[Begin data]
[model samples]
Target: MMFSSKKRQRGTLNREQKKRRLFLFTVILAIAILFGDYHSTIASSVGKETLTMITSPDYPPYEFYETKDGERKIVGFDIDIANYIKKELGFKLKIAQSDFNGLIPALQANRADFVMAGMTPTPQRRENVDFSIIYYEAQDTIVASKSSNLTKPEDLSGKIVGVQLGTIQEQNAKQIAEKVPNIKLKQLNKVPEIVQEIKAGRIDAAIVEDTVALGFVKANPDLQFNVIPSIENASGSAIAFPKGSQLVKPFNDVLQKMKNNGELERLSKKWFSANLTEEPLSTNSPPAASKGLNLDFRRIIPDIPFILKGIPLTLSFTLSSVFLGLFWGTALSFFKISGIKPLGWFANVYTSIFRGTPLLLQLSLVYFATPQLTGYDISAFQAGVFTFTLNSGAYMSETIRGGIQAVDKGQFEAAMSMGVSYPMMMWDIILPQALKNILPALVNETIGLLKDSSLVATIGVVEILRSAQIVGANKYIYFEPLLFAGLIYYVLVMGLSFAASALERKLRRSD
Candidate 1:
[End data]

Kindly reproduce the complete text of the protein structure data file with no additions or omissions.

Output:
[model samples]
Target: MMFSSKKRQRGTLNREQKKRRLFLFTVILAIAILFGDYHSTIASSVGKETLTMITSPDYPPYEFYETKDGERKIVGFDIDIANYIKKELGFKLKIAQSDFNGLIPALQANRADFVMAGMTPTPQRRENVDFSIIYYEAQDTIVASKSSNLTKPEDLSGKIVGVQLGTIQEQNAKQIAEKVPNIKLKQLNKVPEIVQEIKAGRIDAAIVEDTVALGFVKANPDLQFNVIPSIENASGSAIAFPKGSQLVKPFNDVLQKMKNNGELERLSKKWFSANLTEEPLSTNSPPAASKGLNLDFRRIIPDIPFILKGIPLTLSFTLSSVFLGLFWGTALSFFKISGIKPLGWFANVYTSIFRGTPLLLQLSLVYFATPQLTGYDISAFQAGVFTFTLNSGAYMSETIRGGIQAVDKGQFEAAMSMGVSYPMMMWDIILPQALKNILPALVNETIGLLKDSSLVATIGVVEILRSAQIVGANKYIYFEPLLFAGLIYYVLVMGLSFAASALERKLRRSD
Candidate 1: